Let’s travel back to the beginning of Jennifer Barrett’s story. Barely a teenager, the young Texan picks up a newspaper and realizes, “Wait a second. You can get paid to write?

“You can get paid to learn about things you want to learn more about?!

“You can get paid to interview really interesting people and travel?!”

Jennifer decided she wanted to be a journalist working at Newsweek in their New York office. She set goals of working her way up to senior writer and creating a book that would inspire and educate others. Soon she began to make it a reality. It took a year and a half of trying, but Jennifer officially joined the Newsweek team in 2001.

Six years later, Jennifer realized something: Journalism was about to change. Quite simply, the future of print ad revenue wasn’t looking so hot. This left Jennifer with two choices: Stay and insist on writing print and soon become obsolete or lean into the growing digital path.

Jennifer recognized dreams can change with the times and discovered more opportunities than she imagined.

We sat down with Jennifer Barrett, author and Fidelity Investments’ head of content, at Managing Editor Live 2021. We discussed Jennifer’s impressive past from her years at Newsweek, her transition from print into content marketing, her book Think Like A Content Boss and what’s in store for her in the future.

Transitioning from Journalism to Content Boss

Leaning into content’s digital path led to Jennifer’s role as a general manager at Hearst Digital and editor in chief at DailyWorth.com. She gained a broader perspective of how the business works and its objectives, leading her to grow increasingly curious about content consumption habits. “I was constantly saying, “How can we evolve? How do we stay ahead of this?” Jennifer recalls.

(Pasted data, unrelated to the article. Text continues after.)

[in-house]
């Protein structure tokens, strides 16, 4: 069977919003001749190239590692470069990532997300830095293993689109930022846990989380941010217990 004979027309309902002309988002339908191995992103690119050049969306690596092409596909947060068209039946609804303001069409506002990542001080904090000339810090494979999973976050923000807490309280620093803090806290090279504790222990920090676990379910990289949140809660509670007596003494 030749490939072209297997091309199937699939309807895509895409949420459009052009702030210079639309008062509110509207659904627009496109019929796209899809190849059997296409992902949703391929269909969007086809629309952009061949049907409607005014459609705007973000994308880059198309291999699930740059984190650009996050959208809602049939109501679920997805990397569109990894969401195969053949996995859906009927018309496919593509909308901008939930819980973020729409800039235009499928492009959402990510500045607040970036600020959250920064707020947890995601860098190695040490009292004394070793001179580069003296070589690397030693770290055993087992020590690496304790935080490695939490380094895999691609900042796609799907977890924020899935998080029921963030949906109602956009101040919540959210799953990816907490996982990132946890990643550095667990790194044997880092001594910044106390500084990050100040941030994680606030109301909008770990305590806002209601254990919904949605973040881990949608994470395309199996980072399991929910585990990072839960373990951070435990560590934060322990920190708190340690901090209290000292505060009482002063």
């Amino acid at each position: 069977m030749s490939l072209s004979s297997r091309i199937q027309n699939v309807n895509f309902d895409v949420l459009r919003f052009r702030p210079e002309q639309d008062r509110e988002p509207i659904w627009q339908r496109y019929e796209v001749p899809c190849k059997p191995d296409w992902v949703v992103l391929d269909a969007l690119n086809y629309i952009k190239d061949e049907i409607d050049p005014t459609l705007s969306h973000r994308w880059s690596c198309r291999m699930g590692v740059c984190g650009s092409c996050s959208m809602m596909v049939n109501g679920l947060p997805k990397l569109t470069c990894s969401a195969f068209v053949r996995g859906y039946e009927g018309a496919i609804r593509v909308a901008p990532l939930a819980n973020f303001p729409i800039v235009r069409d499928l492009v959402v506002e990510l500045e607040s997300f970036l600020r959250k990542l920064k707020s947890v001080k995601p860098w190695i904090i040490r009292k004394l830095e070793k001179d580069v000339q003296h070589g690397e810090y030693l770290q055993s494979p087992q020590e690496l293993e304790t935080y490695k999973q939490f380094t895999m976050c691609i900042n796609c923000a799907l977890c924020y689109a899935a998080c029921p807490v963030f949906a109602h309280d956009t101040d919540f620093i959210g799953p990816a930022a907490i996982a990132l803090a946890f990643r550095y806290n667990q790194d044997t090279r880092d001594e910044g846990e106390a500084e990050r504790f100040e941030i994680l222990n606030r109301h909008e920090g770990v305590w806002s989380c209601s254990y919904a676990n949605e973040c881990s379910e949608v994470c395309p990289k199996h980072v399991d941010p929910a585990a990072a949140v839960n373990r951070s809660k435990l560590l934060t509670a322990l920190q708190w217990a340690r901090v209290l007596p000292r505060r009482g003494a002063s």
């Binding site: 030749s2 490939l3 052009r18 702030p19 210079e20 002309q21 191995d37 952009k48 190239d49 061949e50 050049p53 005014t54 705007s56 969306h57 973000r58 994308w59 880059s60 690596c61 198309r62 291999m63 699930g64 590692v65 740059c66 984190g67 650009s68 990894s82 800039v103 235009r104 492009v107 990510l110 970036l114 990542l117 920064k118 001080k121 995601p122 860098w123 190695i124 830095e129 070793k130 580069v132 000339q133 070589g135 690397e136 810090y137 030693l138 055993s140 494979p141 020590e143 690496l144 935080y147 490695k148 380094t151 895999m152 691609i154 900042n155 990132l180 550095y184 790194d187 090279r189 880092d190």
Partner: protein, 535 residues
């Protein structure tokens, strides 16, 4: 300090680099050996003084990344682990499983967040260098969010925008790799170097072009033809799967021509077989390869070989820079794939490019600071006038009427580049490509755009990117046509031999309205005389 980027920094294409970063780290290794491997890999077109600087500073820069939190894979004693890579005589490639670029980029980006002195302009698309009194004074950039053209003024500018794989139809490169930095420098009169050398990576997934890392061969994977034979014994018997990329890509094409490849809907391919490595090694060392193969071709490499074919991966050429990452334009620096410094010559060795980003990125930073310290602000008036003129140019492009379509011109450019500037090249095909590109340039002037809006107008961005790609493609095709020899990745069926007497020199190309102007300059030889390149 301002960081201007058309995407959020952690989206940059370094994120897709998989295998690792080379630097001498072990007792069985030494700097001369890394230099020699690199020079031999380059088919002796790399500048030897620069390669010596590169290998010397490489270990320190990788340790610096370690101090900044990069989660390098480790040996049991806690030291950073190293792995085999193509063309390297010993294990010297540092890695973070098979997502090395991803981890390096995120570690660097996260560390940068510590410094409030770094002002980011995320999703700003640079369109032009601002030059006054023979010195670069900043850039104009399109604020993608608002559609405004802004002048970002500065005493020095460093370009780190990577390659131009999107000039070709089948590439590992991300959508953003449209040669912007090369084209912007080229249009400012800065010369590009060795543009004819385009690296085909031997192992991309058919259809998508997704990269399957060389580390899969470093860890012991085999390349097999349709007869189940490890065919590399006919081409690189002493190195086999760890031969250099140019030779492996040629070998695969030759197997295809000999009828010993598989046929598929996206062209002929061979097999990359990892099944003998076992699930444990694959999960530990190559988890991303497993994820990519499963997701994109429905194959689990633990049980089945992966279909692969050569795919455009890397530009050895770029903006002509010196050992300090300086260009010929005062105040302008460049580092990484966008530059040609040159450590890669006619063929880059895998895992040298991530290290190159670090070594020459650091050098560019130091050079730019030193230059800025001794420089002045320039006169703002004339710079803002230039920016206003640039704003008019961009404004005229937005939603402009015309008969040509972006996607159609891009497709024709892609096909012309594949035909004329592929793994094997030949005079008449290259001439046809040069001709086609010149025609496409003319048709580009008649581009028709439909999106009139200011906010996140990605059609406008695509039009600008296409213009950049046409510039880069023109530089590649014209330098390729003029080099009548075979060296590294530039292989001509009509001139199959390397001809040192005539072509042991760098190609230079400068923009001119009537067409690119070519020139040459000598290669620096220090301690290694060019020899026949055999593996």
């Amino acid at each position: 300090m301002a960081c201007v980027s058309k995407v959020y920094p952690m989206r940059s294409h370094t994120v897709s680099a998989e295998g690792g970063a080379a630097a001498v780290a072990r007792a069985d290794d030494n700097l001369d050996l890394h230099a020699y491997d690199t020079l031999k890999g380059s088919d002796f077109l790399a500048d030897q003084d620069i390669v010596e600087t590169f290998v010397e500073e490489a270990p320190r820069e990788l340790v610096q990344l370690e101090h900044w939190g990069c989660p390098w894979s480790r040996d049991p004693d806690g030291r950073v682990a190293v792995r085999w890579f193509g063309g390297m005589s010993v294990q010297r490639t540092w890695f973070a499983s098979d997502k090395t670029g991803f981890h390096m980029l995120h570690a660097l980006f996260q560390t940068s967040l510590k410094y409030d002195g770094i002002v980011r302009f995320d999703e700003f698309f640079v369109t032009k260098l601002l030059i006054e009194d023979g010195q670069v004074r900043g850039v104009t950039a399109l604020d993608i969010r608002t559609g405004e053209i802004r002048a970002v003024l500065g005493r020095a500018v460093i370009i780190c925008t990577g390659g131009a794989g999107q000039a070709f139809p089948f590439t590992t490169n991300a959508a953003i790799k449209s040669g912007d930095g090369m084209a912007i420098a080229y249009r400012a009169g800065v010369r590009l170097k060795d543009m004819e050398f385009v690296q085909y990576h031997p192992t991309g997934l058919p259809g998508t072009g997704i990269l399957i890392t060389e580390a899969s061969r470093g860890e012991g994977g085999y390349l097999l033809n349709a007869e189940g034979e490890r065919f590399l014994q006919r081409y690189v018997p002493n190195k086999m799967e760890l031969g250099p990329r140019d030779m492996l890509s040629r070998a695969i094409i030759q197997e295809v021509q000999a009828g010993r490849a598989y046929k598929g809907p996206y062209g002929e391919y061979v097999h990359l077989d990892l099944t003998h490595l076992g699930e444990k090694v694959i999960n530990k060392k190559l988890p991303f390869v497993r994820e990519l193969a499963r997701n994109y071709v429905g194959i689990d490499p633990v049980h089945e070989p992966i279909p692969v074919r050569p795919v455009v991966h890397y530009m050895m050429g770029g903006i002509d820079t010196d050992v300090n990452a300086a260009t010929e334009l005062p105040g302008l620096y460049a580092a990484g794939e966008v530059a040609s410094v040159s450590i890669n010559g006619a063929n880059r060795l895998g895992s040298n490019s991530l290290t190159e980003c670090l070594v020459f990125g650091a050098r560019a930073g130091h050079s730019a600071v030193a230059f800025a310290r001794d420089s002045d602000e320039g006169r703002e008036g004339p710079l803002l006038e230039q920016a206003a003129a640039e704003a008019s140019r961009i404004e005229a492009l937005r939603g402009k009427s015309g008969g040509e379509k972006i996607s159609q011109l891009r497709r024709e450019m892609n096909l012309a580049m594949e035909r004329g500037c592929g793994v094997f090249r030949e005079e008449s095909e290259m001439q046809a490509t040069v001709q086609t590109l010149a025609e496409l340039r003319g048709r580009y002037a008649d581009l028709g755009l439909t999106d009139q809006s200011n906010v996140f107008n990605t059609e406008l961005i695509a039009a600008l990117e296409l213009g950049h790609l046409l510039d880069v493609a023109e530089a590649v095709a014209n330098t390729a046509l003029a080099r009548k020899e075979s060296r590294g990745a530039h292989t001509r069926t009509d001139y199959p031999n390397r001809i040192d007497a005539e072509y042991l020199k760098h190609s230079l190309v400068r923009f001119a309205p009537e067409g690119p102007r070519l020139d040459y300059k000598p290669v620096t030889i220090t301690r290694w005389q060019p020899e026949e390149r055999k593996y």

Jennifer wanted to create content that could inspire, inform and impact the lives of those who consumed it. Eventually, she became the personal finance editor at CNBC, where she helped to educate readers about personal finance. However, she realized there needed to be a change in how journalists interacted with and inspired their audience. Writing what felt like the same headlines and even the same stories grew frustrating.

Then Jennifer started using the platform, Acorns. It offered solutions on how to help Americans invest and guidance with their retirement and other financial goals. She hadn’t been looking to leave her job, but when Acorns offered her a chance to build their educational site from scratch, she couldn’t refuse.

At Acorns, Jennifer was able to track the content and see the impact that it has had on those consuming it. She eventually moved into the chief education officer role and mastered integrating educational content into the consumer experience. It was also during her time at Acorns that her dream of creating her book started to come alive.

What it Takes to Write a Book on the Job

Jennifer first had her idea to write her book Think Like a Breadwinner seven years ago and began writing the outline. Writing a book is no simple task. “Anyone who’s thinking about writing a book, it’s not easy; it takes time,” says Jennifer. Writing one while working makes it far more difficult. But know this: It’s possible.